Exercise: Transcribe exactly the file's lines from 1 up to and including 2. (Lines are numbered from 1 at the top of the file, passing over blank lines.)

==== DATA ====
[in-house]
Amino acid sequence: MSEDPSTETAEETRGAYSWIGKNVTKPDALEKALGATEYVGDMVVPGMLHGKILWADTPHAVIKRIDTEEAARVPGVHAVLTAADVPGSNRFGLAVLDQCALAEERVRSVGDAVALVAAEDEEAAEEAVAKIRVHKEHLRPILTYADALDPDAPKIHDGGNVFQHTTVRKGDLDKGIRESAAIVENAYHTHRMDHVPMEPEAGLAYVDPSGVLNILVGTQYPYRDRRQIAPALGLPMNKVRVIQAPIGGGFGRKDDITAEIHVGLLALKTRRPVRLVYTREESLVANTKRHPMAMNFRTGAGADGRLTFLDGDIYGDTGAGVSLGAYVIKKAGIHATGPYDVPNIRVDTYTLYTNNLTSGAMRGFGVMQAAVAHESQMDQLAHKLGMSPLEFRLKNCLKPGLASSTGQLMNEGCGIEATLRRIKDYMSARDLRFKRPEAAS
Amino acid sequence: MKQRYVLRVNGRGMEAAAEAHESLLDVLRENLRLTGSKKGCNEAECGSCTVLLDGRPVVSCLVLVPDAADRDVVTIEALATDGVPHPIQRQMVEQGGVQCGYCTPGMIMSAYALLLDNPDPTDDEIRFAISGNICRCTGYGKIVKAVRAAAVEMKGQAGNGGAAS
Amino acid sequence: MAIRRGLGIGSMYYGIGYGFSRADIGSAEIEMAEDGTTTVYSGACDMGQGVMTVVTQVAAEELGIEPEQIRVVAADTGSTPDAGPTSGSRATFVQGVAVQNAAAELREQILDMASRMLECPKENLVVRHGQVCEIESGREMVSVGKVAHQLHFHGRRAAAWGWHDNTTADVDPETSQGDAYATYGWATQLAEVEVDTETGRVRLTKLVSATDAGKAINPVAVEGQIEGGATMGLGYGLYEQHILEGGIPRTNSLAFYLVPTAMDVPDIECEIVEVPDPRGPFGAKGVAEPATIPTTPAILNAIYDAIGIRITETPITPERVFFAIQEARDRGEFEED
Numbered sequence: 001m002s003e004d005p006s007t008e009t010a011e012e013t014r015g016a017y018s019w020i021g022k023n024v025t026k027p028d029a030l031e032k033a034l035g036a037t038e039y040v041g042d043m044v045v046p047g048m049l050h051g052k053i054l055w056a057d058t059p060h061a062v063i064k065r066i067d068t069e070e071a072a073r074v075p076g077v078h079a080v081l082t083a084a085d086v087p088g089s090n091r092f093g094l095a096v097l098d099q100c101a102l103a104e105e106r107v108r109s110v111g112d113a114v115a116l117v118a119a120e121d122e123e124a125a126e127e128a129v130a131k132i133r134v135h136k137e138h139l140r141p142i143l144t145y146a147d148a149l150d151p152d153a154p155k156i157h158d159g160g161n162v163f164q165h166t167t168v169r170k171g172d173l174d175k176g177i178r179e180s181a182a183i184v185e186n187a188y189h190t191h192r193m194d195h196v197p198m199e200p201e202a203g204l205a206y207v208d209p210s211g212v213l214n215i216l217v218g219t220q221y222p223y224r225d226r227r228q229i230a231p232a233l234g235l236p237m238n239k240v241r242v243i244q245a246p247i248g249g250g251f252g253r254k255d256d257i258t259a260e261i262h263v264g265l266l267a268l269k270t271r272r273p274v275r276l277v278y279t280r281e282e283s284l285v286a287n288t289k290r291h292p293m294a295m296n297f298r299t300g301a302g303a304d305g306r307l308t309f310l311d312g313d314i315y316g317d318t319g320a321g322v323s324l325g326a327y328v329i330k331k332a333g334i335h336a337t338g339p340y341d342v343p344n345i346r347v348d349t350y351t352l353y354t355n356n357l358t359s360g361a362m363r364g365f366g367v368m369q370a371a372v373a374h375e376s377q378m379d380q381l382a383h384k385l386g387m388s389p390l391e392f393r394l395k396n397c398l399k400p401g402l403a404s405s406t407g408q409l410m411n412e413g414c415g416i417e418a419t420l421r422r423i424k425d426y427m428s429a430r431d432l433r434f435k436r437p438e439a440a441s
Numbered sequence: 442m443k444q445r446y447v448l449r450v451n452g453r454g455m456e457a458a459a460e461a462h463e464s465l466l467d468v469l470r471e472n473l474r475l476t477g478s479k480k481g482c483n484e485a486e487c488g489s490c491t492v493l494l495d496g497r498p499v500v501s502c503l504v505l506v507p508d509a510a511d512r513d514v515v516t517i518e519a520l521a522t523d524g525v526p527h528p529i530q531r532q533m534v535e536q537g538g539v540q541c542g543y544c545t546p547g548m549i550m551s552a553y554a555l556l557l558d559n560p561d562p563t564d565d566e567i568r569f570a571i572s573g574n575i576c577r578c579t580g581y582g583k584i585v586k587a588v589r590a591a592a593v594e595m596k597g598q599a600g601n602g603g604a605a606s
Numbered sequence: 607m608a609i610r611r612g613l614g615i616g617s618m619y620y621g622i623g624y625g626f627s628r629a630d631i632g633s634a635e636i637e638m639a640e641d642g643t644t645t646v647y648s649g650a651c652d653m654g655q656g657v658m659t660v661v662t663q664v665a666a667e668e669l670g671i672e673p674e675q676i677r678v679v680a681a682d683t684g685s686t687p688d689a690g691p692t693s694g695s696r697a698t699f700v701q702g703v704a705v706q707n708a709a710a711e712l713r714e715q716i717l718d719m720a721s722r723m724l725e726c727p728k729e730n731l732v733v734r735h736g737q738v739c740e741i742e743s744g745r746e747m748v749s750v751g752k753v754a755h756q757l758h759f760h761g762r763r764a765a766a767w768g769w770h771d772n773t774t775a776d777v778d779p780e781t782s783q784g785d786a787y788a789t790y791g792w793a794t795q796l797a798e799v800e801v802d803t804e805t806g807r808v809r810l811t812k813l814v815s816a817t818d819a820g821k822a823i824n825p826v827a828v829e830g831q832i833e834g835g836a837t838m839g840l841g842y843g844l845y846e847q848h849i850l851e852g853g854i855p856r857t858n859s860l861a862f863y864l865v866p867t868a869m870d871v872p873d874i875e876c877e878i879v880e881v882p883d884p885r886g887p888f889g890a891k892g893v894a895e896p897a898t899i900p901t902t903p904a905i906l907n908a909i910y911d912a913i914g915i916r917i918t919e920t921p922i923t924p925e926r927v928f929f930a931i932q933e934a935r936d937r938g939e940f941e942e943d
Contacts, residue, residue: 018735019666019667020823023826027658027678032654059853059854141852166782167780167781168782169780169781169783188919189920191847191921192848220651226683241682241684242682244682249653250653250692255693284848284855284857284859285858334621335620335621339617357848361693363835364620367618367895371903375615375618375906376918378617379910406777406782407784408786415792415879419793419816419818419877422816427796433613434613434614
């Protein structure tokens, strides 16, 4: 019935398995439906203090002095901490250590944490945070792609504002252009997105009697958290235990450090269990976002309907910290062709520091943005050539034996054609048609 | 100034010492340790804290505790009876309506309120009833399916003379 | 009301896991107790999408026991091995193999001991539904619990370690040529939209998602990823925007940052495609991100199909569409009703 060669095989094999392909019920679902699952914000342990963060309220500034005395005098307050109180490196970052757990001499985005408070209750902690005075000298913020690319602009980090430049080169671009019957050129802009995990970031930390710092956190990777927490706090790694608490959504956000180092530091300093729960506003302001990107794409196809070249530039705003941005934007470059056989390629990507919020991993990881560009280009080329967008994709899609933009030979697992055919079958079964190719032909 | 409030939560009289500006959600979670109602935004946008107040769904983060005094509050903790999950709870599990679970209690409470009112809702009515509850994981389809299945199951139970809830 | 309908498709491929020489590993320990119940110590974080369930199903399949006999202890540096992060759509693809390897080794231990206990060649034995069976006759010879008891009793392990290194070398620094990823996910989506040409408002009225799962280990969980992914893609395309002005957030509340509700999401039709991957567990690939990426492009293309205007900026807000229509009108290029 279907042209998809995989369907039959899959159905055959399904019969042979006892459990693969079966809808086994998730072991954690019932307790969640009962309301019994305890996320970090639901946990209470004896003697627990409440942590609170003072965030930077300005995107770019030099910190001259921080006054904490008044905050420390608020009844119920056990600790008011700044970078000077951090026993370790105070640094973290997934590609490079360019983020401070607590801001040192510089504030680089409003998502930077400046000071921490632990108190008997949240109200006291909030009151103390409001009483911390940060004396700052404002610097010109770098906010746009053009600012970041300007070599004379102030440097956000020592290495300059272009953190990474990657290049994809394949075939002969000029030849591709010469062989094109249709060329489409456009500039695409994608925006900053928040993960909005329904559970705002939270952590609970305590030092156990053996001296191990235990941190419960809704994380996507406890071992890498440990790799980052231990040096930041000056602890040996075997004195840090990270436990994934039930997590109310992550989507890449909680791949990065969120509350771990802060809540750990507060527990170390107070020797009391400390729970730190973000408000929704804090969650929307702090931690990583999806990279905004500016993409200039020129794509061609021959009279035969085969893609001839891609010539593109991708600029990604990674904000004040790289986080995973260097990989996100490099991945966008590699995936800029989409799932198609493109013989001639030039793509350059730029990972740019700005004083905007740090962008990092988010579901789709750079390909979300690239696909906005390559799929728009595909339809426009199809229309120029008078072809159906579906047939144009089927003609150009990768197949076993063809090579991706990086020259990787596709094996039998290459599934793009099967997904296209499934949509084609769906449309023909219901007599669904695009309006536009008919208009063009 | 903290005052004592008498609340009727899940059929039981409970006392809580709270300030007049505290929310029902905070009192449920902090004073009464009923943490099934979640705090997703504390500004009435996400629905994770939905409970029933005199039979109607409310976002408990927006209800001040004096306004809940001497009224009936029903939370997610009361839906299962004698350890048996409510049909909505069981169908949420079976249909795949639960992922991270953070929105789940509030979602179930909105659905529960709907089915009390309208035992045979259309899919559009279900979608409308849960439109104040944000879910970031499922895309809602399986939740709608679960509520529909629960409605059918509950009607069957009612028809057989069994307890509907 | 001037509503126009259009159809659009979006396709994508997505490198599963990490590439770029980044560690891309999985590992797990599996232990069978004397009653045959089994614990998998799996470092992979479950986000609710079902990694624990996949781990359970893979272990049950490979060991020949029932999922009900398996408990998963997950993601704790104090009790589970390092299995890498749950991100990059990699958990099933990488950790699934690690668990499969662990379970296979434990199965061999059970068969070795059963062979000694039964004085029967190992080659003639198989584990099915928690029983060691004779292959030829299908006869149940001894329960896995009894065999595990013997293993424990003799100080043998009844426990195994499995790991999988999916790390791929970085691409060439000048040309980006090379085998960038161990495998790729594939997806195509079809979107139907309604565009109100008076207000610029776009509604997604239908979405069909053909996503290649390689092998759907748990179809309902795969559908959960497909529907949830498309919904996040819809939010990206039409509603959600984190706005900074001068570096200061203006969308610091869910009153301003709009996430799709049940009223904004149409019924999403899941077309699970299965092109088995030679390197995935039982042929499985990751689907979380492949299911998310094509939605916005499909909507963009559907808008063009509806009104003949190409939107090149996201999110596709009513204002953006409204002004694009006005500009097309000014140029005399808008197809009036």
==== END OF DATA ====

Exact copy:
[in-house]
Amino acid sequence: MSEDPSTETAEETRGAYSWIGKNVTKPDALEKALGATEYVGDMVVPGMLHGKILWADTPHAVIKRIDTEEAARVPGVHAVLTAADVPGSNRFGLAVLDQCALAEERVRSVGDAVALVAAEDEEAAEEAVAKIRVHKEHLRPILTYADALDPDAPKIHDGGNVFQHTTVRKGDLDKGIRESAAIVENAYHTHRMDHVPMEPEAGLAYVDPSGVLNILVGTQYPYRDRRQIAPALGLPMNKVRVIQAPIGGGFGRKDDITAEIHVGLLALKTRRPVRLVYTREESLVANTKRHPMAMNFRTGAGADGRLTFLDGDIYGDTGAGVSLGAYVIKKAGIHATGPYDVPNIRVDTYTLYTNNLTSGAMRGFGVMQAAVAHESQMDQLAHKLGMSPLEFRLKNCLKPGLASSTGQLMNEGCGIEATLRRIKDYMSARDLRFKRPEAAS